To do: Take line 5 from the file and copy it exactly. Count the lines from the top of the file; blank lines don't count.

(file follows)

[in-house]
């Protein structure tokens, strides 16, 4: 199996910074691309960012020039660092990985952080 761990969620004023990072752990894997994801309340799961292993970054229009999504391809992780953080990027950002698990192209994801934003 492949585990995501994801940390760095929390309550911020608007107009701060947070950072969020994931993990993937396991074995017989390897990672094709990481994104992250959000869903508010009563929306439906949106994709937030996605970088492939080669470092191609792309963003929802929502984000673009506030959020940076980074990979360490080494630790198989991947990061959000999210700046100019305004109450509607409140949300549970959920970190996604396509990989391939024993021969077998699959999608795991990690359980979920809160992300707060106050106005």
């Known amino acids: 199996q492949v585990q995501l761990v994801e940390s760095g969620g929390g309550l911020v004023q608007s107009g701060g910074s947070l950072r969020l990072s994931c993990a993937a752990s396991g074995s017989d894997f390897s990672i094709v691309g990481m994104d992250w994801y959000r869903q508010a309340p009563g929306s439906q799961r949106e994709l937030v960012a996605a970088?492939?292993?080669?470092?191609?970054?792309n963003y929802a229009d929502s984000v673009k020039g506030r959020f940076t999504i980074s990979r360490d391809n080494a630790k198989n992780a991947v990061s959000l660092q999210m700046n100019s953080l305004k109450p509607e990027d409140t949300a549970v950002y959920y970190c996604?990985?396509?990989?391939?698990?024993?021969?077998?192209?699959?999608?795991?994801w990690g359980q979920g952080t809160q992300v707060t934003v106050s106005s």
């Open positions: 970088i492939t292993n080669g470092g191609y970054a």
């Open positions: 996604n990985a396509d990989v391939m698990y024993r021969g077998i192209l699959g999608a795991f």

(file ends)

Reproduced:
């Open positions: 996604n990985a396509d990989v391939m698990y024993r021969g077998i192209l699959g999608a795991f």